Well, maybe Pavel Datsyuk is finally ready to make his debut in the 2009 Stanley Cup finals.
The MVP finalist hasn't played since May 19, when he blocked a shot with his foot against the Chicago Blackhawks in the Western Conference finals.
Datsyuk was on the Mellon Arena ice a lot on Thursday, just not when the Red Wings needed him. He went through the morning skate, extended his workout for a while on his own and looked as if he was getting ready to play during pregame warmups.
Then, he was a slightly surprising scratch before Pittsburgh's series-evening 4-2 victory against the defending champions.
"We were hoping Pav was going to be in, but we weren't planning," Babcock said. "Now we're hoping Pav's going to be in and we're planning that he's going to be in.
"But he's still got to be in."
Datsyuk could give Detroit a much-needed boost in all phases of the game, but it's difficult to imagine him being sharp after not playing for two-plus weeks.
"How does he do when he gets out there?" Babcock asked. "He missed a chunk of time. Is he capable of those situations? Is he playing on the wing or is he playing in the middle?
"We'll see. I don't know the answer, and I'm being honest."
Jordan Staal first made his mark in the NHL as a short-handed goal specialist.
But until Game 4 of the Stanley Cup finals, he was coming up short for the Pittsburgh Penguins. Or, in his case, not coming up with short-handed goals.
He surprisingly made the Penguins' roster as an 18-year-old rookie in 2006, then the first-round pick did something even more unexpected: Staal began scoring short-handed goals in bunches.
Staal became the youngest player in NHL history to score two short-handed goals in a game, against Columbus on Oct. 21, 2006, and the first player since 1982 to score his first three NHL goals short-handed. He finished the season with an NHL rookie record seven short-handed scores among his 29 goals.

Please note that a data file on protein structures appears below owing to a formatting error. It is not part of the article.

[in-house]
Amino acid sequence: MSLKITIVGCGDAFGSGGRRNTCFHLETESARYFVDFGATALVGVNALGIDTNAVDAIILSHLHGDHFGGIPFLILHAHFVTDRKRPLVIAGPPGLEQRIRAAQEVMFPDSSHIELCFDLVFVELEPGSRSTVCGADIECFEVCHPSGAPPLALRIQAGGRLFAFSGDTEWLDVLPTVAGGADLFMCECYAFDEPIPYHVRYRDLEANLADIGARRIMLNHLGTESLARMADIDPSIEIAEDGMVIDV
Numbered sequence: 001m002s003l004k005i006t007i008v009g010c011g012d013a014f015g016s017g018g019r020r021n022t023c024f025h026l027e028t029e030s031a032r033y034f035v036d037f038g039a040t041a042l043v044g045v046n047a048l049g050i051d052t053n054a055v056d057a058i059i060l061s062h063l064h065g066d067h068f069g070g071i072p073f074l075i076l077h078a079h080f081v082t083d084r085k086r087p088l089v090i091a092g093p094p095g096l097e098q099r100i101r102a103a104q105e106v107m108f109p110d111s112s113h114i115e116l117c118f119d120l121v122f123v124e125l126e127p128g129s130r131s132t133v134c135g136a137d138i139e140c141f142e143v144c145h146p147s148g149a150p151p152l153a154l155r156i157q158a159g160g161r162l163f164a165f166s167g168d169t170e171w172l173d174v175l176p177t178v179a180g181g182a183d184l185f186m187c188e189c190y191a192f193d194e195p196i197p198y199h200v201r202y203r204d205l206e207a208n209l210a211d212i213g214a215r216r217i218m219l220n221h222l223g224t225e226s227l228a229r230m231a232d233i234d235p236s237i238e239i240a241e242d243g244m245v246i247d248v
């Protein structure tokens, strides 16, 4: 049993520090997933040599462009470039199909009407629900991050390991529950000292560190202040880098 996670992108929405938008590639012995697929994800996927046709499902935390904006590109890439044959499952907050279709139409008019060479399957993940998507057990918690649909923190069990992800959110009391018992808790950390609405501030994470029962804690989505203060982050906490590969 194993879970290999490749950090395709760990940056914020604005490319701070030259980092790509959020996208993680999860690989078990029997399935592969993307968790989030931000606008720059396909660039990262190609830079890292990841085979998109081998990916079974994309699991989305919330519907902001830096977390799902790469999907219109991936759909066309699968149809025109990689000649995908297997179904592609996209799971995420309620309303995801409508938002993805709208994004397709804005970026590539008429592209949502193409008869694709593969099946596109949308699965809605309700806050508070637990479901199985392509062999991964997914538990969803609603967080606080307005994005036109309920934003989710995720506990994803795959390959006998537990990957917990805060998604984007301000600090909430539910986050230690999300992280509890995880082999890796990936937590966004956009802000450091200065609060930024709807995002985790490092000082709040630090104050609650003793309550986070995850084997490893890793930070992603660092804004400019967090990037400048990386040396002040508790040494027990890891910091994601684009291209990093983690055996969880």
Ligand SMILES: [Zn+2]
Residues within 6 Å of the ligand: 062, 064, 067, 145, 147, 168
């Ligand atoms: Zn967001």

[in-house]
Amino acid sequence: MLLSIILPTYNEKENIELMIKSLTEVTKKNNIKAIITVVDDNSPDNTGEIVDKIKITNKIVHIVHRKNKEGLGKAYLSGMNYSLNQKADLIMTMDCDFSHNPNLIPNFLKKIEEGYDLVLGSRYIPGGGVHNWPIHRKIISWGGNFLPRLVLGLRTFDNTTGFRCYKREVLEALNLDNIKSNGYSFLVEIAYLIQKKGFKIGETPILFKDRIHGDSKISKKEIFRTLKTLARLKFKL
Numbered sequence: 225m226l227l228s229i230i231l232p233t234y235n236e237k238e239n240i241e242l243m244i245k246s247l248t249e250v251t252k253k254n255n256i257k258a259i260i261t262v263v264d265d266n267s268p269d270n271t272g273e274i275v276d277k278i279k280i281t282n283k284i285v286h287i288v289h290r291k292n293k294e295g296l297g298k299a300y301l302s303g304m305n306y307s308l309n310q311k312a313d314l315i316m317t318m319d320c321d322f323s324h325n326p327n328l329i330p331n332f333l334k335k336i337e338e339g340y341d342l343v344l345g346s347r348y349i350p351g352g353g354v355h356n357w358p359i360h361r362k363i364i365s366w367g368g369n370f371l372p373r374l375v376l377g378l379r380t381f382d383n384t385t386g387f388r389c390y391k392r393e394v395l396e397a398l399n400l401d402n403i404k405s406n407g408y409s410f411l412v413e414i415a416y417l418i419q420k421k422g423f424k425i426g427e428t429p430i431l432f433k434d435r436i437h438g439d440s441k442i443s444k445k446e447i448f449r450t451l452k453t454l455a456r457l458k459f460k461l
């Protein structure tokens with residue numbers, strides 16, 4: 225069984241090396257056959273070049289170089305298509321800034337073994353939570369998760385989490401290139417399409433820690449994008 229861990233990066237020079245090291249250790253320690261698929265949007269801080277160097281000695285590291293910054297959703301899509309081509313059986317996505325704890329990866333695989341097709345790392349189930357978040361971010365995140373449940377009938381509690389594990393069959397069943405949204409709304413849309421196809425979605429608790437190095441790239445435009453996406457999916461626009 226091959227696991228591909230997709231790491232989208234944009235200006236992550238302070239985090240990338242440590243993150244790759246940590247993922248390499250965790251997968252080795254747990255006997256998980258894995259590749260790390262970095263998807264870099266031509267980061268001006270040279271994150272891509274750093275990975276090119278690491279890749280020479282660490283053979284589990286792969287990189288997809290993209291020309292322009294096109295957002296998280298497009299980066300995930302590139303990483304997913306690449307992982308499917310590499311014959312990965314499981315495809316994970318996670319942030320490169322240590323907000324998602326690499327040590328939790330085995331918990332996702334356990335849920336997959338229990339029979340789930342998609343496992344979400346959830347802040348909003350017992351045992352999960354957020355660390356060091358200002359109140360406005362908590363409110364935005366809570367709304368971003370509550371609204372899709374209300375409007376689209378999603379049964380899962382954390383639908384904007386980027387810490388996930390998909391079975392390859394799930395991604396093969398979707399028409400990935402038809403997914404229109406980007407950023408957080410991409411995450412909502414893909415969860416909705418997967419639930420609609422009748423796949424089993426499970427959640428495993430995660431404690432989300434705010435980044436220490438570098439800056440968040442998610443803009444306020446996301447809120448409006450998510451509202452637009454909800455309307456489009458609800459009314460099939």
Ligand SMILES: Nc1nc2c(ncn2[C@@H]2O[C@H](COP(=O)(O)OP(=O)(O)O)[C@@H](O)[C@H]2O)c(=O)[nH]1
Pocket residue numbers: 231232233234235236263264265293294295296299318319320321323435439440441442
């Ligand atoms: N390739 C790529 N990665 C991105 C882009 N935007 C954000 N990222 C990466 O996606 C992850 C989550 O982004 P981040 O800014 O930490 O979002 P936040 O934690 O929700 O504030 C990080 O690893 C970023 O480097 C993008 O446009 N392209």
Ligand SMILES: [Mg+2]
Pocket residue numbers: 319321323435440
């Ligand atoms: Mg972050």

Staal had only one short-handed goal in two seasons, on Jan. 10 at Colorado, until his goal in the second period Thursday gave the Penguins a 2-all tie and began their comeback during a 4-2 victory over Detroit.
"You can't beat one of those, I guess," Staal said Friday of only his third goal in 21 playoff games. "It's definitely something special. They all count, but it's definitely nice to get one."
The spectacular play, beating defenseman Brian Rafalski to the front of the net and getting the puck past Chris Osgood, might prove to be pivotal if Pittsburgh ends up hoisting the Cup.
Staal's short-handed goal was the first by Pittsburgh in the Stanley Cup finals since Bob Errey scored in Game 2 against Chicago in 1992. It was the first against Detroit in the 41 playoff games, dating to the 2007 Western Conference finals.
he first media outlet to foresee the Penguins' comeback against the Red Wings was the Pittsburgh City Paper, a weekly tabloid entertainment-feature newspaper that is distributed for free.
The entire front page of this week's edition, printed before the Penguins won Games 3 and 4 on home ice, is the headline: "Pens Defeat Red Wings."
There's also an asterisk that denotes: "Well, Not Necessarily, But You Can't Blame Us for Trying."
The headline teases a feature story intended to get brand new hockey watchers up to speed and capable of talking the sport with longtime fans. The paper advises them to casually drop the names of obscure recent Penguins players such as Konstantin Koltsov into conversations and avoid any references to halftime during a game.
Detroit D Brad Stuart scored for the third time in the playoffs on Thursday, surpassing the two goals he had in 67 games during the regular season. He has three goals in 10 playoff games against Pittsburgh. ... Staal's assist on Evgeni Malkin's goal in Game 4 was his first point in 10 playoff games against Detroit. ... Detroit outshot Pittsburgh 39-31 and lost, following a trend. The team with more shots in the Stanley Cup finals has lost each of the first four games. Entering the series, teams with the shots edge won 56.4 percent of the games this postseason.
AP Sports Alan Robinson in Pittsburgh contributed to this report.